HIV

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know your risk

HIV is a virus that attacks certain white blood cells, called CD4+ cells, the helper cells that are part of your immune system. If too many CD4+ cells are destroyed, your body can't defend itself against illnesses.

Soon after infection, HIV can cause fevers, body aches, and swollen lymph nodes. These symptoms will usually go away within a few weeks. They may reappear, but some people with HIV may not have signs of illness for many years. Fatigue, weight loss, fever, night sweats, and diarrhea are common. The last stage of HIV infection is AIDS (acquired immunodeficiency syndrome). Antiretroviral medicines are the main treatment for HIV.

How do you get HIV?

HIV isn't spread by casual contact, such as being around someone who has HIV, kissing, or sharing drinking glasses with an infected person.

You can get HIV from contact with infected blood, semen, or vaginal fluids if you:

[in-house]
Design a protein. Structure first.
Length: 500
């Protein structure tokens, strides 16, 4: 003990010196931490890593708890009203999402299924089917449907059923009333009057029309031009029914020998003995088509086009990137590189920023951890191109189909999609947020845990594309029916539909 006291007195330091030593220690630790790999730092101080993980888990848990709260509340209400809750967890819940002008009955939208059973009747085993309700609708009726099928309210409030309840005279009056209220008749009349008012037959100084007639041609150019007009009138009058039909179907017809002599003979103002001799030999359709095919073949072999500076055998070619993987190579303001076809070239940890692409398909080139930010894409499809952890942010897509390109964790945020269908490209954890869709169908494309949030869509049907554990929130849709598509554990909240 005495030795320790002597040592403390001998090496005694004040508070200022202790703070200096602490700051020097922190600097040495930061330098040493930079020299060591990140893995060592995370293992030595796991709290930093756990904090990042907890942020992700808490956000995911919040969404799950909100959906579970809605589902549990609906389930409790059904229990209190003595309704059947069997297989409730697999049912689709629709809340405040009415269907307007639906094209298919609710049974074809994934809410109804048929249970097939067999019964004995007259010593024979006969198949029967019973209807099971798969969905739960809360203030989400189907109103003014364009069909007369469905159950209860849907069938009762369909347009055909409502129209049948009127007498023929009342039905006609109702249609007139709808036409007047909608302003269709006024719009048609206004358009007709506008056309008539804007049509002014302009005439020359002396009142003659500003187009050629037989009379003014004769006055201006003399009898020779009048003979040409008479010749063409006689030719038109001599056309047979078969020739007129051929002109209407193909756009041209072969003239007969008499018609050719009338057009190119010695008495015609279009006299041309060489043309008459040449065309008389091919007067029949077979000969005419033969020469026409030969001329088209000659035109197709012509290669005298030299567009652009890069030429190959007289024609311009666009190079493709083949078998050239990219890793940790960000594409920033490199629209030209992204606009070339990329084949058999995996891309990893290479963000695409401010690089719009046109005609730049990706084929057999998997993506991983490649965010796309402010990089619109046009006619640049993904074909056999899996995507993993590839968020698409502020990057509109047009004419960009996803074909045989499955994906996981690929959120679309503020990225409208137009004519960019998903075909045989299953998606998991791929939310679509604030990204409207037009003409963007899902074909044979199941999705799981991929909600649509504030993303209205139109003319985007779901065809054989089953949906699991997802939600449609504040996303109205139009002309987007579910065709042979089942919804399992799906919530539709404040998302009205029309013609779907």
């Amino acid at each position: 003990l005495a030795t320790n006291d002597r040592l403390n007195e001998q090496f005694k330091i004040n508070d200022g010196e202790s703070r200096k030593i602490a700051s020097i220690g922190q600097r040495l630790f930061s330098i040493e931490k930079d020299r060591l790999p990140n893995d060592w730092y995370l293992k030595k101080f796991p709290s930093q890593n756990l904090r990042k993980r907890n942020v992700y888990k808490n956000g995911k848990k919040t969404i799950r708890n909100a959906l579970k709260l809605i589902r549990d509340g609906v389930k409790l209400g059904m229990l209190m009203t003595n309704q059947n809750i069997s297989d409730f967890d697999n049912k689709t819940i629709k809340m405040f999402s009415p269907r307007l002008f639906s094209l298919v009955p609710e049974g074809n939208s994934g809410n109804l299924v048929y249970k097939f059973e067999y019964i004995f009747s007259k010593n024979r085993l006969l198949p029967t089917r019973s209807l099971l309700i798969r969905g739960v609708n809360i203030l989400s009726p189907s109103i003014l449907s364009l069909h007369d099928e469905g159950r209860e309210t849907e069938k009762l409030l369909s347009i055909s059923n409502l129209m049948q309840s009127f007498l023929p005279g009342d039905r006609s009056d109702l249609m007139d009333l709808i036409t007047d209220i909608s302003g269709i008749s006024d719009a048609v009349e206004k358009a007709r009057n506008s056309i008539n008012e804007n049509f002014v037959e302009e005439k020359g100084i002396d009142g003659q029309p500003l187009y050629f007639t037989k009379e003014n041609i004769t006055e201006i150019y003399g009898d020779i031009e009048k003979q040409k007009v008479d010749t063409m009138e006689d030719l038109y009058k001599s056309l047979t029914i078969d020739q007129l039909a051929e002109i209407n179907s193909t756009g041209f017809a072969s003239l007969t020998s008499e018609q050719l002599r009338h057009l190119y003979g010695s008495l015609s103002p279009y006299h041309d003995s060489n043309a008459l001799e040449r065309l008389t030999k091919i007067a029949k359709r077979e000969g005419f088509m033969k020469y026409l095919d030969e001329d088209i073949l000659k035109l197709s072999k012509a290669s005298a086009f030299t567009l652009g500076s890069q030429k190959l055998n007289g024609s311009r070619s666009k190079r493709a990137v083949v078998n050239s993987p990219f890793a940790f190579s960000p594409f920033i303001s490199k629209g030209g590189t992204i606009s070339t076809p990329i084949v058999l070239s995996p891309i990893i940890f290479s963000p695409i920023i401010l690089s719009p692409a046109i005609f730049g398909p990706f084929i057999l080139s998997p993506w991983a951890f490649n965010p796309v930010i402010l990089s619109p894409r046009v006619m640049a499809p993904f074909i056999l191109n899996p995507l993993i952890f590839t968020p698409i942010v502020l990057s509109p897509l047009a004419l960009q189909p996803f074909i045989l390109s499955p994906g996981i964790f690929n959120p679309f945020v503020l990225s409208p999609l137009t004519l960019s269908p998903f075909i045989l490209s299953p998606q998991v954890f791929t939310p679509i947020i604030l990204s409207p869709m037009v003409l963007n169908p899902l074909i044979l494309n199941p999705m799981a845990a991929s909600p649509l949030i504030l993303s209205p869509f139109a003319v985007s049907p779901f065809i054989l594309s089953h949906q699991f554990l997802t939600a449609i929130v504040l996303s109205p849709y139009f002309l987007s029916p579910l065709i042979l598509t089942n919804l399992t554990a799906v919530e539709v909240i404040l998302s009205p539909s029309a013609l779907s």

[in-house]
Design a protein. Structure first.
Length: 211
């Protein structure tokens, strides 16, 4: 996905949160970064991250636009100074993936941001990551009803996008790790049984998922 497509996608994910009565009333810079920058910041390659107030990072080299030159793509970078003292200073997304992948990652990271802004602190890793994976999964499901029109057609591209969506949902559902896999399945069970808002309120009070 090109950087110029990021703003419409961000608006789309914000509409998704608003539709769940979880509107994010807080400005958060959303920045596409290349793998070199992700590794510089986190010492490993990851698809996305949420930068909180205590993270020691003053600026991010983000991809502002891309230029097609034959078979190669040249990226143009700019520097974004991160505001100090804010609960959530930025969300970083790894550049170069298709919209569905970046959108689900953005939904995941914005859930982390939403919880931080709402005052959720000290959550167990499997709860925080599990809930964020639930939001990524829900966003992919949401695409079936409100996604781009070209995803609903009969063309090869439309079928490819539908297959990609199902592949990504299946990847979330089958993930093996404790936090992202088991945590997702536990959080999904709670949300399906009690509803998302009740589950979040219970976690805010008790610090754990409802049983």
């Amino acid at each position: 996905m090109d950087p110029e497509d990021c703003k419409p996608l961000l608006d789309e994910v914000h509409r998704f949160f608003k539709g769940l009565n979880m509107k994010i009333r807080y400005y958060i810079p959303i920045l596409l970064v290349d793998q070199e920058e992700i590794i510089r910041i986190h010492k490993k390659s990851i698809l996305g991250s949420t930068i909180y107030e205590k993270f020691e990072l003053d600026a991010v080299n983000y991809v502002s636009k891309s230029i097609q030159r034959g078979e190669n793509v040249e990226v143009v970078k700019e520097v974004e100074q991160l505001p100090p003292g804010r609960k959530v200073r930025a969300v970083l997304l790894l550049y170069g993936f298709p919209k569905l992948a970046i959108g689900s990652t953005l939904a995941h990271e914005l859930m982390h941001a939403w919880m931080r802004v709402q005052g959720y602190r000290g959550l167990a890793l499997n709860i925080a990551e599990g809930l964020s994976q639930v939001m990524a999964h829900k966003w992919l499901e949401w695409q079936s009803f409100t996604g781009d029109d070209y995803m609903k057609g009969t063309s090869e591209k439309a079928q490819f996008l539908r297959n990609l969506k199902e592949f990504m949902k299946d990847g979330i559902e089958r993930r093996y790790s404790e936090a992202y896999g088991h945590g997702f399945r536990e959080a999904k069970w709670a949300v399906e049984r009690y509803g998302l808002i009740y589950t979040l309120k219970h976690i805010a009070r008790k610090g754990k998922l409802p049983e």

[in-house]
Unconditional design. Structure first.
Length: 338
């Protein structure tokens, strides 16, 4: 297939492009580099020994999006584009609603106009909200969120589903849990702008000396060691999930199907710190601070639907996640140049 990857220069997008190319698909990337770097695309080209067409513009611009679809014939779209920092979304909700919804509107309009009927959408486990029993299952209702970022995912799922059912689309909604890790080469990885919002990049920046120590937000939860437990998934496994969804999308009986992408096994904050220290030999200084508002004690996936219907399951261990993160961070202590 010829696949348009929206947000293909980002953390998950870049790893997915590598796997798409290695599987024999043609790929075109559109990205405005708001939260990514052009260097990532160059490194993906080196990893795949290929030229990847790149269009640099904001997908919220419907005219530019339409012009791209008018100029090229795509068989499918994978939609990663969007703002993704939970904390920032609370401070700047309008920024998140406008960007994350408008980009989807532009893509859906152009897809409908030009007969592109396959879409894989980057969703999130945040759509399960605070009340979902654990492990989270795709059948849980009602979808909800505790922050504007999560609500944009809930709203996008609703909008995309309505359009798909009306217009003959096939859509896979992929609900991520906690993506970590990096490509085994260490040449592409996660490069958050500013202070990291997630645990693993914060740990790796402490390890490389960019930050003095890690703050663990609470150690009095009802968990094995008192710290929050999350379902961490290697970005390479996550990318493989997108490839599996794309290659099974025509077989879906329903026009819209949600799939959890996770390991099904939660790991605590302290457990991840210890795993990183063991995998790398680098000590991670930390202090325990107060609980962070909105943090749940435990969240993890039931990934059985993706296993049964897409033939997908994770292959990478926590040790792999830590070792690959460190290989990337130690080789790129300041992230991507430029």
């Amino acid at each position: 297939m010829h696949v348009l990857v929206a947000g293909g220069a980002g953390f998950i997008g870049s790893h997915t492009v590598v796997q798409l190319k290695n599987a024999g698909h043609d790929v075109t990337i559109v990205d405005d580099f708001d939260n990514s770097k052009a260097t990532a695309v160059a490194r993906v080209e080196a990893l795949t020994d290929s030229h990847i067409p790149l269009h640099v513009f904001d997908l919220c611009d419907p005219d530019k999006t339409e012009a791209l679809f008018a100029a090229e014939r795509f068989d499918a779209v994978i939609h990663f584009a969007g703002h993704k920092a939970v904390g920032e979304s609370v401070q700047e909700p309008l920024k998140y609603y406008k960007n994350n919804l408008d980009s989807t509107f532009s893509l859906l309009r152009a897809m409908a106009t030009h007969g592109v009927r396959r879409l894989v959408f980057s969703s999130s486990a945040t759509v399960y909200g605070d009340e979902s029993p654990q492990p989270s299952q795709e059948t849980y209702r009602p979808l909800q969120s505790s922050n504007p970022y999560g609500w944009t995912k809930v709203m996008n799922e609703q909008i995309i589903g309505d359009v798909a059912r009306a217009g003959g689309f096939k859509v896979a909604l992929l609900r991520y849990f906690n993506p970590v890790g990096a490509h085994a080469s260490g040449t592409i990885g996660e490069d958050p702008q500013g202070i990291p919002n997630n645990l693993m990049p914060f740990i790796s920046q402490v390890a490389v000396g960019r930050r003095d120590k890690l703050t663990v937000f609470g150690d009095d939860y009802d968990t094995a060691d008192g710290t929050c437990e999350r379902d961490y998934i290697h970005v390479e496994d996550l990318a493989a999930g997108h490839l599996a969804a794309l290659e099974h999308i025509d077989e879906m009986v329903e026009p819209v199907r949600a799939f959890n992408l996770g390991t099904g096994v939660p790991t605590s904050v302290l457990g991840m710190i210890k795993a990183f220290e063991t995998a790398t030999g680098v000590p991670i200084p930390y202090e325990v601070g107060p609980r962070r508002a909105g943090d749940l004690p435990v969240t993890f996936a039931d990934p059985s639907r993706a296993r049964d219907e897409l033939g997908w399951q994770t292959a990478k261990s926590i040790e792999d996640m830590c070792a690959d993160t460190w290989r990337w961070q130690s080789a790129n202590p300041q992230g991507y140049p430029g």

• have unprotected sex (vaginal, anal, or oral sex without using condoms)
  • share needles for IV drugs, tattoos, or body piercing without cleaning or sterilizing them
  • had blood transfusions or artificial insemination before 1985

Women with HIV who aren't treated can pass the virus to their babies in the womb or by breastfeeding them. HIV infection can be prevented in babies through medication.

What is your risk?

You have an increased risk of getting HIV if you:

  • are a man who has sex with men
  • inject drugs or steroids, especially if you share needles, syringes, cookers, or other equipment used to inject drugs
  • have more than one sex partner, especially if you or one of the partners injects drugs
  • have a high-risk partner (a man who has sex with men, or someone who has multiple sex partners or injects drugs)
  • currently have or recently had a sexually transmitted disease

Photo of a woman looking into the cameraWomen account for more than a quarter of all new HIV infections nationally — with a higher rate of infection among African-American and Hispanic women. Learn more about women and HIV.

If you have one STD, your risk of getting another (including HIV) greatly increases. The Centers for Disease Control and Prevention (CDC) and Kaiser Permanente have discovered high rates of gonorrhea and syphilis among men who have sex with other men (even if they do so only occasionally and they also have sex with women). Learn how to prevent HIV and other STDs.

Reviewed by: Michael A. Horberg, MD, November 2015

Additional Kaiser Permanente reviewers
©2015 Kaiser Permanente

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